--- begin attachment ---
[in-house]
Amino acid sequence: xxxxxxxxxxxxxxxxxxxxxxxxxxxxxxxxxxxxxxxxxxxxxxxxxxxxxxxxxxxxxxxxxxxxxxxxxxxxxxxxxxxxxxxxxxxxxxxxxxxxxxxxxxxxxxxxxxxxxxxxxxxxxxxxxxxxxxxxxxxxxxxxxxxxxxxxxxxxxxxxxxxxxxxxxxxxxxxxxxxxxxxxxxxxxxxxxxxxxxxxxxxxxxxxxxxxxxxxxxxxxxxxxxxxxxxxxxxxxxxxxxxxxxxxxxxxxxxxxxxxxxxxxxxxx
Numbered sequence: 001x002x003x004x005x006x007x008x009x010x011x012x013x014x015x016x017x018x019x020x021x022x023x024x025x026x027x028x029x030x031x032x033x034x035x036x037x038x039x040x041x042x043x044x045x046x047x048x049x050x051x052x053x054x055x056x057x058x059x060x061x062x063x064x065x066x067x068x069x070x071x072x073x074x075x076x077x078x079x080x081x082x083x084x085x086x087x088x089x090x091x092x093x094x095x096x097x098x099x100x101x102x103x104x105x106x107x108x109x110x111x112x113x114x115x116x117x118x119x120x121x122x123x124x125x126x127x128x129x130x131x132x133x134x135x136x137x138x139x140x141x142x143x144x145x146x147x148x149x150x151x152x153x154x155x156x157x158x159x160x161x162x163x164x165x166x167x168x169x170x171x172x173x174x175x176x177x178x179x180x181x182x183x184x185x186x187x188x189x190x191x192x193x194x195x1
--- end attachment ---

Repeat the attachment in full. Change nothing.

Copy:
[in-house]
Amino acid sequence: xxxxxxxxxxxxxxxxxxxxxxxxxxxxxxxxxxxxxxxxxxxxxxxxxxxxxxxxxxxxxxxxxxxxxxxxxxxxxxxxxxxxxxxxxxxxxxxxxxxxxxxxxxxxxxxxxxxxxxxxxxxxxxxxxxxxxxxxxxxxxxxxxxxxxxxxxxxxxxxxxxxxxxxxxxxxxxxxxxxxxxxxxxxxxxxxxxxxxxxxxxxxxxxxxxxxxxxxxxxxxxxxxxxxxxxxxxxxxxxxxxxxxxxxxxxxxxxxxxxxxxxxxxxxx
Numbered sequence: 001x002x003x004x005x006x007x008x009x010x011x012x013x014x015x016x017x018x019x020x021x022x023x024x025x026x027x028x029x030x031x032x033x034x035x036x037x038x039x040x041x042x043x044x045x046x047x048x049x050x051x052x053x054x055x056x057x058x059x060x061x062x063x064x065x066x067x068x069x070x071x072x073x074x075x076x077x078x079x080x081x082x083x084x085x086x087x088x089x090x091x092x093x094x095x096x097x098x099x100x101x102x103x104x105x106x107x108x109x110x111x112x113x114x115x116x117x118x119x120x121x122x123x124x125x126x127x128x129x130x131x132x133x134x135x136x137x138x139x140x141x142x143x144x145x146x147x148x149x150x151x152x153x154x155x156x157x158x159x160x161x162x163x164x165x166x167x168x169x170x171x172x173x174x175x176x177x178x179x180x181x182x183x184x185x186x187x188x189x190x191x192x193x194x195x1